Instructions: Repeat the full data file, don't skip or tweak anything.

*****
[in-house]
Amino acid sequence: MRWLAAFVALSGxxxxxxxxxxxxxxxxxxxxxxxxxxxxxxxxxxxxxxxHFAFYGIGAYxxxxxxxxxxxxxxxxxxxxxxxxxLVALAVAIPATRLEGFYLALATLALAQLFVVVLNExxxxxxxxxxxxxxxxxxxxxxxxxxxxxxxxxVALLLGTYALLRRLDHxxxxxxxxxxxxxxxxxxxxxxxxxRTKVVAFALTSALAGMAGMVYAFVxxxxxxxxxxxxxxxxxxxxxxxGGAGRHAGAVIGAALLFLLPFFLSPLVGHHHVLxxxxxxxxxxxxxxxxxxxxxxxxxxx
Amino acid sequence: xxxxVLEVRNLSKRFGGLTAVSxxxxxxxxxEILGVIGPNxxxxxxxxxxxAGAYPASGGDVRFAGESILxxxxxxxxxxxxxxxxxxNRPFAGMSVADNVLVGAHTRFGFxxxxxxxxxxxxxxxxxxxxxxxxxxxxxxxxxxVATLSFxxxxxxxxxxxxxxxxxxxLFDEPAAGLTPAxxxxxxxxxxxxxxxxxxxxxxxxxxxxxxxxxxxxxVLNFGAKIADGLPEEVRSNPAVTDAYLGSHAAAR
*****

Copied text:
[in-house]
Amino acid sequence: MRWLAAFVALSGxxxxxxxxxxxxxxxxxxxxxxxxxxxxxxxxxxxxxxxHFAFYGIGAYxxxxxxxxxxxxxxxxxxxxxxxxxLVALAVAIPATRLEGFYLALATLALAQLFVVVLNExxxxxxxxxxxxxxxxxxxxxxxxxxxxxxxxxVALLLGTYALLRRLDHxxxxxxxxxxxxxxxxxxxxxxxxxRTKVVAFALTSALAGMAGMVYAFVxxxxxxxxxxxxxxxxxxxxxxxGGAGRHAGAVIGAALLFLLPFFLSPLVGHHHVLxxxxxxxxxxxxxxxxxxxxxxxxxxx
Amino acid sequence: xxxxVLEVRNLSKRFGGLTAVSxxxxxxxxxEILGVIGPNxxxxxxxxxxxAGAYPASGGDVRFAGESILxxxxxxxxxxxxxxxxxxNRPFAGMSVADNVLVGAHTRFGFxxxxxxxxxxxxxxxxxxxxxxxxxxxxxxxxxxVATLSFxxxxxxxxxxxxxxxxxxxLFDEPAAGLTPAxxxxxxxxxxxxxxxxxxxxxxxxxxxxxxxxxxxxxVLNFGAKIADGLPEEVRSNPAVTDAYLGSHAAAR